Hei alle sammen,
Surfet litt på mobilen i dag og fant fram til denne interessante artikkelen angående bilselskapet Ford og hva de kjøpte til alle sine ingeniører.
Dette finner jeg spesielt interessant ettersom jeg skrev om 3D printere og hvor mye de kan forandre verden etterhvert som de blir allemannseie de neste 10årene? Hvem vet men teknologien er ny og mye kan forandre seg mot det bedre.
Her kan du lese det jeg skrev angående 3D printere 30.november.2012 - link
Så hva tenker Ford?
"Ford Motor has caught the DIY revolution and now puts 3D printers at workstations for its engineers. Furthermore, the car company plans to put the smaller MakerBot replicators at every engineer’s desk in the coming months. Ford pitches this as its commitment to engineering, but I see it as the future of distribution if the desktop replicator technology follows the path taken before it by the minicomputer and then the PC."
Her er lenken til artikkelen: link
Videre er det morsomt å lese artikkelen og se at de er inne på samme tanke som meg...altså at vi er fortsatt i tidlig fase av utviklingen!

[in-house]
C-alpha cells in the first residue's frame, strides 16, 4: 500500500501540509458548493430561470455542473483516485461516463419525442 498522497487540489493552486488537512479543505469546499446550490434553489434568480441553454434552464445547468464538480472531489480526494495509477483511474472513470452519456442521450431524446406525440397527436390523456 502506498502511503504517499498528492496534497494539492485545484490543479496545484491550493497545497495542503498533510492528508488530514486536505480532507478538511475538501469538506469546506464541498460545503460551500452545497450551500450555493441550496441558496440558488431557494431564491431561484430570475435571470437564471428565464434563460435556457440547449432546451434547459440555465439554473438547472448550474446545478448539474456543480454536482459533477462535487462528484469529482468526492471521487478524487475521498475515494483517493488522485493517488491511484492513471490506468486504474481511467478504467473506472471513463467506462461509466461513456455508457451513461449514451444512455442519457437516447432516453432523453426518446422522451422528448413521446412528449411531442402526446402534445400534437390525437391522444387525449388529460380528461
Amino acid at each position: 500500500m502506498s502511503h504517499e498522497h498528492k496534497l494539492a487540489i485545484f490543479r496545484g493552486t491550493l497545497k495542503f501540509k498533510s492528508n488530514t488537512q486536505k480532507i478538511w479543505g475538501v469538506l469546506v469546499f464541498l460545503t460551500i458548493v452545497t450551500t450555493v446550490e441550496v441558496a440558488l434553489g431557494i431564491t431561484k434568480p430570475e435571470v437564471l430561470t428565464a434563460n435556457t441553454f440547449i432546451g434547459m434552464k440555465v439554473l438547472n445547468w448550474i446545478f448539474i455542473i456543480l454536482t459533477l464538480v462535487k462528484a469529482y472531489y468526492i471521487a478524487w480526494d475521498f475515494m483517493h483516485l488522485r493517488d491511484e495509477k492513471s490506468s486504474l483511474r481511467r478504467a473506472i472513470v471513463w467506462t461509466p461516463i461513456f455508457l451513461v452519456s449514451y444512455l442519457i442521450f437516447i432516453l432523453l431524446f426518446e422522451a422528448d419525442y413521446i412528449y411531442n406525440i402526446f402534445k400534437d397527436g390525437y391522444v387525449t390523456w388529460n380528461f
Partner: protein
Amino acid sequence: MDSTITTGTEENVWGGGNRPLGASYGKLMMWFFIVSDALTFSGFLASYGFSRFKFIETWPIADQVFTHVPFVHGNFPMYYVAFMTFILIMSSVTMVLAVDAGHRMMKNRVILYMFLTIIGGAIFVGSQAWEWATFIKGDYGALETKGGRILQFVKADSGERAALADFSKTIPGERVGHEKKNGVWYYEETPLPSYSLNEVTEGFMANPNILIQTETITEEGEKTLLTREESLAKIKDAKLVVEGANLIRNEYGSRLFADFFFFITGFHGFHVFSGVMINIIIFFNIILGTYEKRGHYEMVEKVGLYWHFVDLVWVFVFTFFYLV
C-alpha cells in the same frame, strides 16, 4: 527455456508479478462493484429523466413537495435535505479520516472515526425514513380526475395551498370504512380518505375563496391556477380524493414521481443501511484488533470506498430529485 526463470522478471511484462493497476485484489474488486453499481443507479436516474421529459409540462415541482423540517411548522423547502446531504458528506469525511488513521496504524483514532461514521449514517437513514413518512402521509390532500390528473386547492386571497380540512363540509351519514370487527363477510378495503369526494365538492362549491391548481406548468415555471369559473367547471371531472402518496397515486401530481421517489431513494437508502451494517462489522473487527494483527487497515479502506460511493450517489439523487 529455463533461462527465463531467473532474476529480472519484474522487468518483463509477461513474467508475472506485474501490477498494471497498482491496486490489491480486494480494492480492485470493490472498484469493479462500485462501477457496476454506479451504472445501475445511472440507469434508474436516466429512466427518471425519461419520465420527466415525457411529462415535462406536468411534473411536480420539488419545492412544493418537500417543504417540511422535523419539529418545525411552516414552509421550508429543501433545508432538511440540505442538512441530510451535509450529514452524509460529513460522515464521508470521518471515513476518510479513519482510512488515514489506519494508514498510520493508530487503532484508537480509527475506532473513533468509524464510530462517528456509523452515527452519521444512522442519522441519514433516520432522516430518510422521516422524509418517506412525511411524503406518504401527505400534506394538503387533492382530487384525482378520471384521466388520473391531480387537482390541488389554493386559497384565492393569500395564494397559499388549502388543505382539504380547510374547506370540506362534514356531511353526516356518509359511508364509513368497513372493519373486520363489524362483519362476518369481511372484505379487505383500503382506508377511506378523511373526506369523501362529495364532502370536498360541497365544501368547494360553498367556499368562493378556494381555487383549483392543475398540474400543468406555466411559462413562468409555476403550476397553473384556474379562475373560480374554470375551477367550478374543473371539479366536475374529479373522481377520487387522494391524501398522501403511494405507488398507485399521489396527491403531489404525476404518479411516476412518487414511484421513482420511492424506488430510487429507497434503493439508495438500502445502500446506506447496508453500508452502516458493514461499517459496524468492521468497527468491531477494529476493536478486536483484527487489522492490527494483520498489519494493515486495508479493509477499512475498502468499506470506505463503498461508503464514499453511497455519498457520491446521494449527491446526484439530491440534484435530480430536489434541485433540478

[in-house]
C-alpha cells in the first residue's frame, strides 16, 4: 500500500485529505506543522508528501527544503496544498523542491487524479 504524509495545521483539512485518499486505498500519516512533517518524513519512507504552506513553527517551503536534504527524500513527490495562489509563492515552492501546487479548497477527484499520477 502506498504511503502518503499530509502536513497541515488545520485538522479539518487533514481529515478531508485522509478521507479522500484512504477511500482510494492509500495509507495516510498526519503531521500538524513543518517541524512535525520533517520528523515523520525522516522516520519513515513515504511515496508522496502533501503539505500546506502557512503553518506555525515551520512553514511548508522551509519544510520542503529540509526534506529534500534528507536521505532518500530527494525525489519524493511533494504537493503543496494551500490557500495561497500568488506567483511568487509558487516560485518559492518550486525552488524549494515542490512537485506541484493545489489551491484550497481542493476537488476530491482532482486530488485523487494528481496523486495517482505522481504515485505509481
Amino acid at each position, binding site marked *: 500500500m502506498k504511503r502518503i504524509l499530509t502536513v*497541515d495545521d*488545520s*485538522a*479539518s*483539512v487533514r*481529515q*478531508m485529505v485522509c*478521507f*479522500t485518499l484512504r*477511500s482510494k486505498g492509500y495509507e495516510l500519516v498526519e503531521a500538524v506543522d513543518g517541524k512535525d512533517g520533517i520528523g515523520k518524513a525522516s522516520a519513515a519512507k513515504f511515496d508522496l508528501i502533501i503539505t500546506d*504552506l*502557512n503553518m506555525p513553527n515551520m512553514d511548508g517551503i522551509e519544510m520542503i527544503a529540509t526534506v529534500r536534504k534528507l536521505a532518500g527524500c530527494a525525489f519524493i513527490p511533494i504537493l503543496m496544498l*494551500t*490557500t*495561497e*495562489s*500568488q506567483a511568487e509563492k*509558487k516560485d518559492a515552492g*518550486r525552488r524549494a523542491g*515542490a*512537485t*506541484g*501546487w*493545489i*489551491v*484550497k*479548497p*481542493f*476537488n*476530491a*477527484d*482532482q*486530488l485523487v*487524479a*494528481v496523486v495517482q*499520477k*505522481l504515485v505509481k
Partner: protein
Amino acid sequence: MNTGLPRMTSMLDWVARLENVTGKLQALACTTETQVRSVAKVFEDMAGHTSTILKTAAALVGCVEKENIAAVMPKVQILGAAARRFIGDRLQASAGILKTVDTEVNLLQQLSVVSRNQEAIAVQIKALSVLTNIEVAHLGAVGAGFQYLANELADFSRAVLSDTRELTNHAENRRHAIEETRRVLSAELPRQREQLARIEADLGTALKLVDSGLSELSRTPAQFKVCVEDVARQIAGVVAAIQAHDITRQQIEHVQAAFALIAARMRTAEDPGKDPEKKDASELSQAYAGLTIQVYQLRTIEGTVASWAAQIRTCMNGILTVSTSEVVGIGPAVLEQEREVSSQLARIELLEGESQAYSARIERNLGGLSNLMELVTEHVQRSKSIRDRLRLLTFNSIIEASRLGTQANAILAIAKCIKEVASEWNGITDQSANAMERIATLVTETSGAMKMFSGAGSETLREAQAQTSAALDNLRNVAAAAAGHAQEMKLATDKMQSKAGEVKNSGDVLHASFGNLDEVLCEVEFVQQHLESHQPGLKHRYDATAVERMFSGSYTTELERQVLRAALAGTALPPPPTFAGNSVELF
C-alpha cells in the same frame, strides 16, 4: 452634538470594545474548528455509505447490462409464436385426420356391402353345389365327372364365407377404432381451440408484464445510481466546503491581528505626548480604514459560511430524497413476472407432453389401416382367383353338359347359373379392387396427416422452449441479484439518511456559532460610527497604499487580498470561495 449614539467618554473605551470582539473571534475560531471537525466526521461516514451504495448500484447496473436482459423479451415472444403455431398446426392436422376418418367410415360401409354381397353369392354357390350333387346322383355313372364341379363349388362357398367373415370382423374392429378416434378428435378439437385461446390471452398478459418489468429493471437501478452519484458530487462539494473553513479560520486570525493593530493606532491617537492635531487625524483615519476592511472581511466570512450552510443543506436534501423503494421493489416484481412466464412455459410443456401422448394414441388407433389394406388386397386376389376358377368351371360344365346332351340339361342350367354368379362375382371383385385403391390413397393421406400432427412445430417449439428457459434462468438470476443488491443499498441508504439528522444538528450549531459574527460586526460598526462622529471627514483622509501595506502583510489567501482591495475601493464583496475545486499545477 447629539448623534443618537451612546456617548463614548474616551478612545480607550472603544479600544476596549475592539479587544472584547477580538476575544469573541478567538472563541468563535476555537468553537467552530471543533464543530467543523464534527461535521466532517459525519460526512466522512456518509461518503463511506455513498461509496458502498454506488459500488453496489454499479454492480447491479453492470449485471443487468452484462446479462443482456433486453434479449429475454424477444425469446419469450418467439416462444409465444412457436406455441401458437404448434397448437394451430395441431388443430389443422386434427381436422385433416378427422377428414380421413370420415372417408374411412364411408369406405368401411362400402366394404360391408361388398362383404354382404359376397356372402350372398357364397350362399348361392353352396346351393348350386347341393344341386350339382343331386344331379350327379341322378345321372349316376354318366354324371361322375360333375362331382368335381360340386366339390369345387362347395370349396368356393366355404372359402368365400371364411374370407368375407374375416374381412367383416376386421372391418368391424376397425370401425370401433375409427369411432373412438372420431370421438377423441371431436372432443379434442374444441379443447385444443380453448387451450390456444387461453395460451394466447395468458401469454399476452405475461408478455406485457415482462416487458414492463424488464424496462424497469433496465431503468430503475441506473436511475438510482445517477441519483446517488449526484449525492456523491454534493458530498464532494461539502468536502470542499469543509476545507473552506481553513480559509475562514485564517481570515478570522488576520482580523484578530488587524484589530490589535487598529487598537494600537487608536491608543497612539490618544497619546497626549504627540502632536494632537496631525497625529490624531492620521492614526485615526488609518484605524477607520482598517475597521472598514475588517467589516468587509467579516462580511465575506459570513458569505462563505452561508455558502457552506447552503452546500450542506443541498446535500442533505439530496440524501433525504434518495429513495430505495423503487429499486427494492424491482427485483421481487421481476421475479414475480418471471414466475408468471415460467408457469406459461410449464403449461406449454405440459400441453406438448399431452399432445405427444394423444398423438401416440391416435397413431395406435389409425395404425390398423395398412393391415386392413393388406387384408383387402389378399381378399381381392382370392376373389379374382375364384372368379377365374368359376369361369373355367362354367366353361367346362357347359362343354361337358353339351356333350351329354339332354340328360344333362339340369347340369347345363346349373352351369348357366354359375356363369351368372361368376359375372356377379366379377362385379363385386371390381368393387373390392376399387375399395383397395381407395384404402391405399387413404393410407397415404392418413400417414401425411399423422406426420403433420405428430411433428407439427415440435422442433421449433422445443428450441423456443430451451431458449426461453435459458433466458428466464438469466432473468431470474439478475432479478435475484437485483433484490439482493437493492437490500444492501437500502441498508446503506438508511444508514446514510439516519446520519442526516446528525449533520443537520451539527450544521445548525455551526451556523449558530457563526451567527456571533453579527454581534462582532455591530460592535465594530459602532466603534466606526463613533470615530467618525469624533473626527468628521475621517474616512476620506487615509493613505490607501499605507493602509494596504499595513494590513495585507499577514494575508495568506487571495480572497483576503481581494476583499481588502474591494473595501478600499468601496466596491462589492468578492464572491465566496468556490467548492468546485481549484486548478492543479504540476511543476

"The PC was a similar revolution that started with mainframes, then went to minicomputers, and finally to desktops. With 3D printers I wonder if we’ll see similar adoption trends that we saw with the PC. PCs were very work-specific, with software for productivity dominating, so when people purchased them they tended to do so for word processing, spreadsheets, and other productivity related tasks. Those initial machines were also expensive, so you bought one because you needed it. Later it became a hub for games and fun activities as well. With 3D printers, which can cost less than $1,000, the common consumer may not see much need for one, yet. But all we need is the right killer app to intersect with the right price point, and the machines will become widespread. Some might argue that printing LEGO bricks is the killer app, but I kind of doubt it. My hunch is it may be more mundane, like someone building an open source library of common household parts that break, or a line of products whose parts could be replaced by parts created in a 3D printer. The printing technology and materials would also have to improve, although I’m certain that with wider adoption this would happen. And once we have common 3D printers in the home and office, that could signal a fundamental change in the distribution of physical goods, much as the development of the Web was a fundamental change in the delivery of digital content. Instead of buying new furniture, we buy new replication materials and download the designs over the Internet. If the replication materials are recyclable, you might be able to change your home’s decor in a few weeks and consume ever more products at a lower price point. We’re not there yet, but imagining how the widespread adoption of capable 3D printers could change the world doesn’t just stop with industrial designers or hobbyists. One day you might print out your flatware, your trash cans, or even your next computer. If you think this is nuts, just ponder the line from the minicomputer to your smartphone. Or just go watch one of my favorite videos showing how quickly technology advances."